I would argue, the most under-appreciated niche among Aleocharinae are the myriad of associations with plants. Naturalists wouldn’t associate aleocharines and probably staphylinids in general as being associated with plants, but of course, the ecologically promiscuous aleocharines have managed to evolve plant-associations multiple times. Although they never really take off in number of species, the ways they associate with plants are rather intriguing.
There are those that eat pollen, such as Platandria, Microlia, Amazoncharis, Polylobus, Oxypodinus, Heterotaxus. Himalusa eats foliage. There are some stranger ones still that are predaceous in the confines of inflourecsens and leaf rolls, such as Charoxus, Ctenopeuca, Heliconandria, and Polycanthode. And then those that seem to be openly predaceous on foliage, like Oligota and
Leucocraspedium Leucocraspedum (thanks go out to Margaret for pointing out the spelling error for the genus).
Below I quickly put together some adaptations that you can find on the fore leg morphology of plant-associated aleocharines.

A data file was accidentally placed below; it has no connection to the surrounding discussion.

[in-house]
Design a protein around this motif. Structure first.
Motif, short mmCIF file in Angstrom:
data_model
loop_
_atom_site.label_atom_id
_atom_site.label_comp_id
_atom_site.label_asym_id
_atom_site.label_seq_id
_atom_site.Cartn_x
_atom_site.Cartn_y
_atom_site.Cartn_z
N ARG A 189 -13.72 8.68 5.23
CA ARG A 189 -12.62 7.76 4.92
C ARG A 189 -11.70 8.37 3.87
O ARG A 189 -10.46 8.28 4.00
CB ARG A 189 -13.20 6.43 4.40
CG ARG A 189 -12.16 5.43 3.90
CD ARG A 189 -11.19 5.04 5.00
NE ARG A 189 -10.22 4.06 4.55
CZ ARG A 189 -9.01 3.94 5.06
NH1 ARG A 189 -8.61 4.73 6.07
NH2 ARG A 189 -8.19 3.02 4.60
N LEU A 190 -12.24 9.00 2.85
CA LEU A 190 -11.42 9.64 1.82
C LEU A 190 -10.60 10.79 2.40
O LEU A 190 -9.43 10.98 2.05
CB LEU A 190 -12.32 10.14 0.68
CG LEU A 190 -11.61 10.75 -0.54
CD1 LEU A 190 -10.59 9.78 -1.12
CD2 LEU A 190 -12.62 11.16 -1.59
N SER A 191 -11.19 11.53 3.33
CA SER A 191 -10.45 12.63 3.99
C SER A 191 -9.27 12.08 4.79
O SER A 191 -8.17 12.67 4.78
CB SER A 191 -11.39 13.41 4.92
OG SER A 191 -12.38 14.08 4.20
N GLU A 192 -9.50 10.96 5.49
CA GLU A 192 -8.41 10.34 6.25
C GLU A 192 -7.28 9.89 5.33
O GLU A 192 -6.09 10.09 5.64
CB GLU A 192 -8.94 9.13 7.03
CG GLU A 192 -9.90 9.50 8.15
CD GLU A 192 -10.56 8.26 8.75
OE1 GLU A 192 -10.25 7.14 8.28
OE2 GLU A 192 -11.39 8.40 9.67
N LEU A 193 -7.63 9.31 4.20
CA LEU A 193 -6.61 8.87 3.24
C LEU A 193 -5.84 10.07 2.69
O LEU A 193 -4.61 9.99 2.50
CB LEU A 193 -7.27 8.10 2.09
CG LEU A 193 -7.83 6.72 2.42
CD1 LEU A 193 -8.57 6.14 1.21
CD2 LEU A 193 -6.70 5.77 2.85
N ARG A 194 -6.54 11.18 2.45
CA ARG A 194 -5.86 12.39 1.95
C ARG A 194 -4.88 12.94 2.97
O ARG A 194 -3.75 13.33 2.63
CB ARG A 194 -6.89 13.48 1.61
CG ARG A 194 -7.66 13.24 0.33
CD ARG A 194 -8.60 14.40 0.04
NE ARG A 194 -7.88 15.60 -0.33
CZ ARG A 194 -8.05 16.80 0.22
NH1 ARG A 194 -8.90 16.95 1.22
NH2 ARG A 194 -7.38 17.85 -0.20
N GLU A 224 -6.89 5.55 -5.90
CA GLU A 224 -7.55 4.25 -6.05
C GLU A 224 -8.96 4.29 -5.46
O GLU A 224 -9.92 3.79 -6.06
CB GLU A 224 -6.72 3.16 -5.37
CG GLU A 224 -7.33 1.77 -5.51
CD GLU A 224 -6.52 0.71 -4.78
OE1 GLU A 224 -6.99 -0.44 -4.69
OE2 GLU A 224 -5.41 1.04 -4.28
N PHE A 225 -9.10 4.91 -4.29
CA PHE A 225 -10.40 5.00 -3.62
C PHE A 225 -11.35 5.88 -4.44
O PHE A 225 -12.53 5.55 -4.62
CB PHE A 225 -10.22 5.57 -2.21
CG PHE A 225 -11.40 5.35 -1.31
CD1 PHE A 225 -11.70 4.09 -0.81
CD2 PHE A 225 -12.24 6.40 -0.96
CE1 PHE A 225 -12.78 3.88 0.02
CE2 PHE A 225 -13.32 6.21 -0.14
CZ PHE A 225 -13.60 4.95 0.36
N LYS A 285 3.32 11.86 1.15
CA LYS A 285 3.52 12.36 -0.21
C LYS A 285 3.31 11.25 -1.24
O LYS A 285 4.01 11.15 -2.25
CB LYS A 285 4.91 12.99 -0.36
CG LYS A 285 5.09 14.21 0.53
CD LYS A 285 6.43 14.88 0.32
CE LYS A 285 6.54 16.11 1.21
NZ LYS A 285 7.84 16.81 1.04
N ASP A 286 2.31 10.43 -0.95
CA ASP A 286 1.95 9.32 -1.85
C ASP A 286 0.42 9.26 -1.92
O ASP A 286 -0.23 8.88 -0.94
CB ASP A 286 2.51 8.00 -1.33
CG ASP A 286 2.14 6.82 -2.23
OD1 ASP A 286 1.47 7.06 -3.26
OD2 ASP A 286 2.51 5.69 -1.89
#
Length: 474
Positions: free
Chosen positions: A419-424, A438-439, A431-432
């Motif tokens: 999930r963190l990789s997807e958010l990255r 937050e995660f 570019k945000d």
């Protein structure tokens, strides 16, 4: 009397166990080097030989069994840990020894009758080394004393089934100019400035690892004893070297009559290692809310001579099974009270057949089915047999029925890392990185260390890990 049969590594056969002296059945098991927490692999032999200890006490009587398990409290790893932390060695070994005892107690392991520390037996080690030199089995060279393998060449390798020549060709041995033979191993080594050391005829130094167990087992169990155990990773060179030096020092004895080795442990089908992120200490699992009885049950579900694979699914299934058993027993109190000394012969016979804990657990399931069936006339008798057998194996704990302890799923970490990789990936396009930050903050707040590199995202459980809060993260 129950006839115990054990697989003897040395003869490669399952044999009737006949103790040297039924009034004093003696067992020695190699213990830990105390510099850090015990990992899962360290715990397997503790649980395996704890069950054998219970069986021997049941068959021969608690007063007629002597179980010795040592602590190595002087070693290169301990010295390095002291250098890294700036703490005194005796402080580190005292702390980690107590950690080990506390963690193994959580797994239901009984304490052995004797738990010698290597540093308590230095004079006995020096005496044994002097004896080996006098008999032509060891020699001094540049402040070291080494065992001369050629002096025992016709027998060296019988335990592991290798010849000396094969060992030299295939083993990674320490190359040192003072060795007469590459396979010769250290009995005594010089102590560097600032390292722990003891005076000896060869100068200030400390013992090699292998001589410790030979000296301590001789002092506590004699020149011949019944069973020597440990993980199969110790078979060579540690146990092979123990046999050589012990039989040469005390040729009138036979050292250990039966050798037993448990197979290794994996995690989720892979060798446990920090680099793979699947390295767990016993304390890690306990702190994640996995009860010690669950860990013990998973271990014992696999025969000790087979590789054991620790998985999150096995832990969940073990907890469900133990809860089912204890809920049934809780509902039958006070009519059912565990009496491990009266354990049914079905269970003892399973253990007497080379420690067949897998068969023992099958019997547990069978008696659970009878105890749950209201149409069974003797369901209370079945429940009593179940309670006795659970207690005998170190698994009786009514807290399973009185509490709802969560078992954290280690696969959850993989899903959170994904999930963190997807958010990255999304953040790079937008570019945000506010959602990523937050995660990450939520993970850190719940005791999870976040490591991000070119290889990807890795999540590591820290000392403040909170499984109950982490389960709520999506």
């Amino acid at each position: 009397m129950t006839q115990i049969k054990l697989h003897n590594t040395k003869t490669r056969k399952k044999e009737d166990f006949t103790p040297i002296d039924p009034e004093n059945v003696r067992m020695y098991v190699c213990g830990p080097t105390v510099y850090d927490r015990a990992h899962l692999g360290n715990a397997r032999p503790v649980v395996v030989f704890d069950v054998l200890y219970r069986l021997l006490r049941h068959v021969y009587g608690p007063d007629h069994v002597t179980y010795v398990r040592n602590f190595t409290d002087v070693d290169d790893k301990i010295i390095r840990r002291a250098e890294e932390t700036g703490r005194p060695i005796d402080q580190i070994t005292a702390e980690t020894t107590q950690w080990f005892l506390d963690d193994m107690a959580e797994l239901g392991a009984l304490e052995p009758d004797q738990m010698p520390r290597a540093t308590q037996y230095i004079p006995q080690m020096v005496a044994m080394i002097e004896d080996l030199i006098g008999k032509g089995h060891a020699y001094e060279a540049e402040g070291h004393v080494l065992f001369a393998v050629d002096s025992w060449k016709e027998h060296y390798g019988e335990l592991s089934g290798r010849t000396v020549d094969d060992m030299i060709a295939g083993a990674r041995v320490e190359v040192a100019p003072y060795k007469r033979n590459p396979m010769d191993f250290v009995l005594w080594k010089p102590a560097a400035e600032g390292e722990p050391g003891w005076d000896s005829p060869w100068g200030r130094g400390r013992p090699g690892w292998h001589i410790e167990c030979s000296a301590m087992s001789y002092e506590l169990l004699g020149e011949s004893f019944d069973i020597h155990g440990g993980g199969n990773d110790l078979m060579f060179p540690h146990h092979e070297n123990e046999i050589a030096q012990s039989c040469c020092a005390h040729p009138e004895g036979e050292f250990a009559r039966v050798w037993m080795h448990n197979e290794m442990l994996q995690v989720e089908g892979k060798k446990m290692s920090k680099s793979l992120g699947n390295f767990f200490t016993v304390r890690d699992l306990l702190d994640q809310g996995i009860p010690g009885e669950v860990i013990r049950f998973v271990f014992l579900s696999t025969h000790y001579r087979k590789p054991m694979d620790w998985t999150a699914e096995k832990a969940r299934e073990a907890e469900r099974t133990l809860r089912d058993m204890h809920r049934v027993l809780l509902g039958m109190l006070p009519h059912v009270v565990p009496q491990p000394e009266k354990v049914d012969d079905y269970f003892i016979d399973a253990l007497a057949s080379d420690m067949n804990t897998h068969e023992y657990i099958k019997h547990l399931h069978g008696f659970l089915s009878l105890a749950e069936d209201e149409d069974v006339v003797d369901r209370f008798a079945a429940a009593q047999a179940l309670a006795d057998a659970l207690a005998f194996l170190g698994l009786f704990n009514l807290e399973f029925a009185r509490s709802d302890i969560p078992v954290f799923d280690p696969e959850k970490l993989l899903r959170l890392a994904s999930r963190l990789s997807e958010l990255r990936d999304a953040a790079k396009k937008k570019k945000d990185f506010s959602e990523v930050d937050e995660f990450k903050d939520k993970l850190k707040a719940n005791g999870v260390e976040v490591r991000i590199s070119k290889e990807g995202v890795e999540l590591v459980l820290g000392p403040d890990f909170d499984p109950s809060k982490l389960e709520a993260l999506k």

Spines appear to be a popular theme in aiding with grip on a smooth surface, as can be seen in the pollen feeding Amazoncharis and Heterotaxus. Notice that Amazoncharis has stubby modified setae on the ventral surface of its tarsus in addition.
Heliconandria peoechma, on the other hand, lives in the leaf and flower rolls of Heliconia spp. Here, they likely prey on soft bodied organisms and participate in lapping up biofilms for microscopic food items. This species has additional fuzziness on the basal-most tarsomere and a modified tarsal claw. The tarsal claw is ventrally swollen, and has an additional facet which adds surface area.